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Creative burst

Lynda Barry uses comics, collage and the kitchen sink to get things going.

Illustration: Courtesy of Lynda Barry
SHELF-PORTRAIT Barry paints herself as bookish.

Lynda Barry has thought long and hard about the forces that hinder creativity. The painter, writer and nationally syndicated cartoonist, who created the pitch-perfect strip Ernie Pook’s Comeek, believes there are two questions we ask ourselves that take the joy and ease out of art making: Is this good? and Does this suck?

“Anytime I begin to make anything, from a painting to a salad, the question of whether it’s good or bad seems to immediately swoop in like a vampire,” Barry says. “I don’t think that these questions can be eliminated, but I do think they can be named and identified as part of [what] happens when adults make something.”

Her new book, What It Is (Drawn and Quarterly), thoughtfully guides and invigorates adults who make stuff. It is, among other things (illustrated autobiography, philosophical quest), an instruction manual for dealing with vampiric self-critique. The key, Barry explains, is being okay with not knowing whether something you made is good or bad, but instead working to recapture a childlike, unselfconscious sense of play—focusing on images, letting the stories come to you.

At the book’s outset, Barry recalls her childhood games and creative escapes. Using collage, comics and beautifully illuminating scraps of text from old children’s books and worksheets (salvaged from the garbage of a Wisconsin school teacher), she describes her early forays into drawing, storytelling and imagining. She recalls nights of getting lost in the fairy tales of Hans Christian Andersen and the Brothers Grimm, afternoons of waiting for her toys to blink and come alive, if only she waited long enough. “I believed that there was another world that would show itself to me in the smallest ways,” she writes.

Barry goes on to explain that around age 10, this period of creativity and make-believe was shaken by the idea that people could be “good” or “bad” at artistic expression: “By then I knew who the best artists were in our class, who were the best writers,” she says. “The rest of us started wishing. ‘I wish I could draw. I wish I could write. I wish I could dance.’ By the fifth grade, most of us knew it was already too late.” Suddenly, the all-consuming two questions entered the psyche, and creative activity became a kind of wrestling match.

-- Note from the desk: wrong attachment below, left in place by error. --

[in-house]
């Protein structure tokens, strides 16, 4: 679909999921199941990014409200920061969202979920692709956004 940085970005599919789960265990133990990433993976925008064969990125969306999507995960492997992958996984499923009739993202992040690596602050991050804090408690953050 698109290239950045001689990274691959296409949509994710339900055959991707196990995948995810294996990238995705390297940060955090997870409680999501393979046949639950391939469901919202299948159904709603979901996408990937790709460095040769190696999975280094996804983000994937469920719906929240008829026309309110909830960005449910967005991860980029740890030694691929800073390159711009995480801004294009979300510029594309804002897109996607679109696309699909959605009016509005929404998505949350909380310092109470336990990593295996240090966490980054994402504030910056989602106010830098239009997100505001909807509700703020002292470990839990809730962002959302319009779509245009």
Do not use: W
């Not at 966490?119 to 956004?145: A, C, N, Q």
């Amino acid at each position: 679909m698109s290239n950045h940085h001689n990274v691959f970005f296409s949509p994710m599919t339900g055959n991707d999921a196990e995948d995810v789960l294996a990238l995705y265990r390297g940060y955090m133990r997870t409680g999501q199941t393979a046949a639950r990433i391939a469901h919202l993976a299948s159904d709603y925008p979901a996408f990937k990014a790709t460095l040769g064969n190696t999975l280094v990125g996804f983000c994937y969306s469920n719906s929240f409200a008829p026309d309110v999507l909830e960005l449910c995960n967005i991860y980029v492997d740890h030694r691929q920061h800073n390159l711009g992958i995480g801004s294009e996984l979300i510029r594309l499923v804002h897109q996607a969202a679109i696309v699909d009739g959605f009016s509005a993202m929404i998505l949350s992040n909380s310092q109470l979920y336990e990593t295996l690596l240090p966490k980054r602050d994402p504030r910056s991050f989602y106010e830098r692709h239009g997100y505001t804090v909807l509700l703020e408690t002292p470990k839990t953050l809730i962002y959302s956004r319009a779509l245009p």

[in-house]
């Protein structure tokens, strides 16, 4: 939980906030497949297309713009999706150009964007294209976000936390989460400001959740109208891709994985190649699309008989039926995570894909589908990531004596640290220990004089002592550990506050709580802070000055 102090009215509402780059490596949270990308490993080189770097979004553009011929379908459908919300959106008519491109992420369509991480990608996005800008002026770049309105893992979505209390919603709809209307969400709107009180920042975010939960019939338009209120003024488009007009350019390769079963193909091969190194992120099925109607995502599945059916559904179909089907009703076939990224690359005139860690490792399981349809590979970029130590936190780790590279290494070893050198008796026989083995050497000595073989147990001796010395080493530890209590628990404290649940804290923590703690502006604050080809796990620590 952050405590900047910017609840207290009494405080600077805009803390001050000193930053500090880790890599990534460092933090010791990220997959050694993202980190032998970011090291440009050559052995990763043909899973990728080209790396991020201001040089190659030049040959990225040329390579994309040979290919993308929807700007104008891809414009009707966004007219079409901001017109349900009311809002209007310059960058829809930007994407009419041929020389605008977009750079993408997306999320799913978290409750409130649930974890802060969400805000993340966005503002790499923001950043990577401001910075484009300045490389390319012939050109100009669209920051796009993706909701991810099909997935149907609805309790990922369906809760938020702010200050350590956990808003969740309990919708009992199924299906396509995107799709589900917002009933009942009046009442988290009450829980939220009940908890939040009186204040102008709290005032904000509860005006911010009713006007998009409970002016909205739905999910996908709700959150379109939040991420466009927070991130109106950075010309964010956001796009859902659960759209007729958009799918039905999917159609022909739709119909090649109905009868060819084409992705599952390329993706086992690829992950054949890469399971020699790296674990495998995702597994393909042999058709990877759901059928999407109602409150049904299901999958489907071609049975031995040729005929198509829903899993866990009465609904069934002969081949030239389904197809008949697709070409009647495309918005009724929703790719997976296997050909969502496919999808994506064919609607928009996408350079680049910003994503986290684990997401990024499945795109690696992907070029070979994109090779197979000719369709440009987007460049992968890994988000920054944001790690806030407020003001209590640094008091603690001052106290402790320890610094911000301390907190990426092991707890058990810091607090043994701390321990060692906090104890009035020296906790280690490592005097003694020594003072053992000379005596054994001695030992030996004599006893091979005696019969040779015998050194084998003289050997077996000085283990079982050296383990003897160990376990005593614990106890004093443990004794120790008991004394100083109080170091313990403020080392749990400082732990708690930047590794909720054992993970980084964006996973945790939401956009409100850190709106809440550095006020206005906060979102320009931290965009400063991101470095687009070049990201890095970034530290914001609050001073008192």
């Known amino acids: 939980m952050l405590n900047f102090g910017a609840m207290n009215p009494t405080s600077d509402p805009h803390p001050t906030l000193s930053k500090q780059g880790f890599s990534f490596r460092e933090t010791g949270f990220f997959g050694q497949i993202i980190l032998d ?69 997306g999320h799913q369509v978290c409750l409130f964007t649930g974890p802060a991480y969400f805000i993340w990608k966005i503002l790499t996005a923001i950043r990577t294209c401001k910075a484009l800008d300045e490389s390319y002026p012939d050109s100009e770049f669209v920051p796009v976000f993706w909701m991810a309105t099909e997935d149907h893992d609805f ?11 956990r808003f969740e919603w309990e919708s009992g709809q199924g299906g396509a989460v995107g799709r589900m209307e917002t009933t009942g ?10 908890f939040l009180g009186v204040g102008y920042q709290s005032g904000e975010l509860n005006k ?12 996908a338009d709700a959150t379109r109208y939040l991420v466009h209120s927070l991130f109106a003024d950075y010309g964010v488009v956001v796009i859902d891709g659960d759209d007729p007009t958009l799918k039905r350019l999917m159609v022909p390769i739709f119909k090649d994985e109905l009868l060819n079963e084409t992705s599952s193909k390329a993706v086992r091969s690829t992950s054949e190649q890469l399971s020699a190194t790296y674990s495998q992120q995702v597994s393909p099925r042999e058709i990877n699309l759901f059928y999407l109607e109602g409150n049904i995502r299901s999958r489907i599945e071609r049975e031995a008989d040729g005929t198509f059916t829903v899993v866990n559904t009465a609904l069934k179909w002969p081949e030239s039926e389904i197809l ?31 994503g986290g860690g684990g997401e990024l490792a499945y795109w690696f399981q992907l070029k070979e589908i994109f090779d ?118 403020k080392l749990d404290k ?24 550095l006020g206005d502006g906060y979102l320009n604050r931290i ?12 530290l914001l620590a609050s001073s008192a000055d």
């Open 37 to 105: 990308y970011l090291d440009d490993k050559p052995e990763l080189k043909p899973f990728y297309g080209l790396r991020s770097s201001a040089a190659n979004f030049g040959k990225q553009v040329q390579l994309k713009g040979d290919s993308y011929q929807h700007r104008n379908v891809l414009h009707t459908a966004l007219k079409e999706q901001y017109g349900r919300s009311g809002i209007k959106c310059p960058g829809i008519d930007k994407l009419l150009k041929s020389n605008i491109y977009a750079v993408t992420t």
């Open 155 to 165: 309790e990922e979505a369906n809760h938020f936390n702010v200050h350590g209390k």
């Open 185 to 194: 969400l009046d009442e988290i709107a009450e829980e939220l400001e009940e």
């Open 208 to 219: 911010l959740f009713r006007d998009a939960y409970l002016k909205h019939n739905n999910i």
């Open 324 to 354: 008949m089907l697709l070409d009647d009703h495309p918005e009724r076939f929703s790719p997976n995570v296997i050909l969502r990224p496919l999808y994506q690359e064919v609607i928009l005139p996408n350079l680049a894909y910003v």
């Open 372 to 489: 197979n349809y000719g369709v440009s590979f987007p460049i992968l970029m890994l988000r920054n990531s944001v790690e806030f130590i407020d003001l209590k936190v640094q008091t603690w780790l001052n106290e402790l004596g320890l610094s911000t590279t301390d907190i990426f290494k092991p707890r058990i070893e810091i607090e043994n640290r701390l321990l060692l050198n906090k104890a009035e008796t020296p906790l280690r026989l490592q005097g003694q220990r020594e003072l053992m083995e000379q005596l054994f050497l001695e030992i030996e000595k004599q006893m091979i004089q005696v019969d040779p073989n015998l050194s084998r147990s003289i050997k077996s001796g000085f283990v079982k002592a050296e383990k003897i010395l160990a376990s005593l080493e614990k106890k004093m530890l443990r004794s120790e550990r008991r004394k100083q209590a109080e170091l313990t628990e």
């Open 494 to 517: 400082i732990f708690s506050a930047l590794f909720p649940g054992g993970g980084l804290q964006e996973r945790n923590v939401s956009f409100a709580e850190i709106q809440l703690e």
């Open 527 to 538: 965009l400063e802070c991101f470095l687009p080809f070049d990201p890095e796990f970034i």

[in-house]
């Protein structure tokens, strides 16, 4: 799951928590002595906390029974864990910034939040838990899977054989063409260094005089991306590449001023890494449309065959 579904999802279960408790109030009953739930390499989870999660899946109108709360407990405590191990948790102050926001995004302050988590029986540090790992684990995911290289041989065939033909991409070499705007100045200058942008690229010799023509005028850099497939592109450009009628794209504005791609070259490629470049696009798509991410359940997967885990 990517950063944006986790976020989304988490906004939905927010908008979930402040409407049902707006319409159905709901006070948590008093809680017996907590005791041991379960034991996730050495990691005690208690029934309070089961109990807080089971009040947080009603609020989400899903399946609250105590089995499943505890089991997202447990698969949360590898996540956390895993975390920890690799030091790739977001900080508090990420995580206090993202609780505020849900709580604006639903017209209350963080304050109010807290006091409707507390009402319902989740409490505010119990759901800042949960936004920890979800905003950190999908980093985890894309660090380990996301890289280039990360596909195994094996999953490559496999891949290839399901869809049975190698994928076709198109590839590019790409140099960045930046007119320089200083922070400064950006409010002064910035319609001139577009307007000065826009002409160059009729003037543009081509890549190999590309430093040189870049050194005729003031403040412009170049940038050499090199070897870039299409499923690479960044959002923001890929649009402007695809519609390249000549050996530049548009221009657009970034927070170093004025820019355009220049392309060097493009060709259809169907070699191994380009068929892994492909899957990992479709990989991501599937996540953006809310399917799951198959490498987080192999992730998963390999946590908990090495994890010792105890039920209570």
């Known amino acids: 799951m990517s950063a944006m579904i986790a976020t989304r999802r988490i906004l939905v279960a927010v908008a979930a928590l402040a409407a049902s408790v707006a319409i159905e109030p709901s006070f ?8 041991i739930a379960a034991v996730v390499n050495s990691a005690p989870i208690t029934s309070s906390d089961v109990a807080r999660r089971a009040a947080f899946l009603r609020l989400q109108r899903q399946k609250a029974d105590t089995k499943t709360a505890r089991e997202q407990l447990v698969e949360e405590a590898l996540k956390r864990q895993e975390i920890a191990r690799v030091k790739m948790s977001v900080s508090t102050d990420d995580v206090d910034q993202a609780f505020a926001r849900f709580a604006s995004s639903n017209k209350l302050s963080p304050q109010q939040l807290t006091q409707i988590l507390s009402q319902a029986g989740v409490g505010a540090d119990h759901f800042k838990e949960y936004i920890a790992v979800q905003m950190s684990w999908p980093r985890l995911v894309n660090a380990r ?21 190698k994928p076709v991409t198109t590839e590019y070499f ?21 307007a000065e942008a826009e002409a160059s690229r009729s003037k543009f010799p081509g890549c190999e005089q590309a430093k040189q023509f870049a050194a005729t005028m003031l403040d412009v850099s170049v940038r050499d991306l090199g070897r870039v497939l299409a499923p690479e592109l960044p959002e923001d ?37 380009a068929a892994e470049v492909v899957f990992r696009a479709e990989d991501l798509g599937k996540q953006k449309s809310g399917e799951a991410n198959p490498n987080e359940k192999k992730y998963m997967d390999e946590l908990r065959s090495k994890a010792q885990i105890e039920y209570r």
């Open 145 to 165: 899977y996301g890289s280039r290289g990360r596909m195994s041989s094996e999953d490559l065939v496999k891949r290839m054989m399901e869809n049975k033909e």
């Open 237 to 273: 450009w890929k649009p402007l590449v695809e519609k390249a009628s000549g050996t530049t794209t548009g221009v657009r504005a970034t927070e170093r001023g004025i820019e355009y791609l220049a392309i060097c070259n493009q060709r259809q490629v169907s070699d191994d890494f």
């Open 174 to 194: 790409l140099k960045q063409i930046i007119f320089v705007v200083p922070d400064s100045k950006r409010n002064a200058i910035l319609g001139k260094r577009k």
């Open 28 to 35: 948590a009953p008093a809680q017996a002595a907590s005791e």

But as a student at Evergreen State College, Barry took a painting class called “Images,” in which she began working with unexpected memories. Rather than trying to drum up an idea or concept, she attempted to get inside an image, examining a familiar person or place with fresh eyes. This act required patience and practice, much like staring at toys and waiting for them to move.

“It’s an experience, not a thought,” Barry says. “Parts of the brain relating to sound, balance, spatial relationship, vision, smell and emotion are all active during certain kinds of memory.”

Realizing that unexpected memories might enliven her writing as well, she eventually applied these techniques to other media. Barry even began teaching a workshop about images called “Writing the Unthinkable.” The latter half of What It Is explores the curriculum of this class in colorful detail. “Do you wish you could write?” she asks and then follows up with a series of steps to “Make Writing!!”

As a creative handbook, What It Is takes a refreshingly unambiguous approach. Open-ended questions and swirling collage give way to simple advice and concrete steps: Don’t stop and think; keep moving your pen. As such, this book isn’t just for Lynda Barry fans or writers or people who felt the crush of fifth-grade peer pressure; it’s for anyone who has ever wondered how to make something truthfully and honestly and, in so doing, silence the vampires.

Barry will tell you What It Is Thursday 12 at the Hideout.

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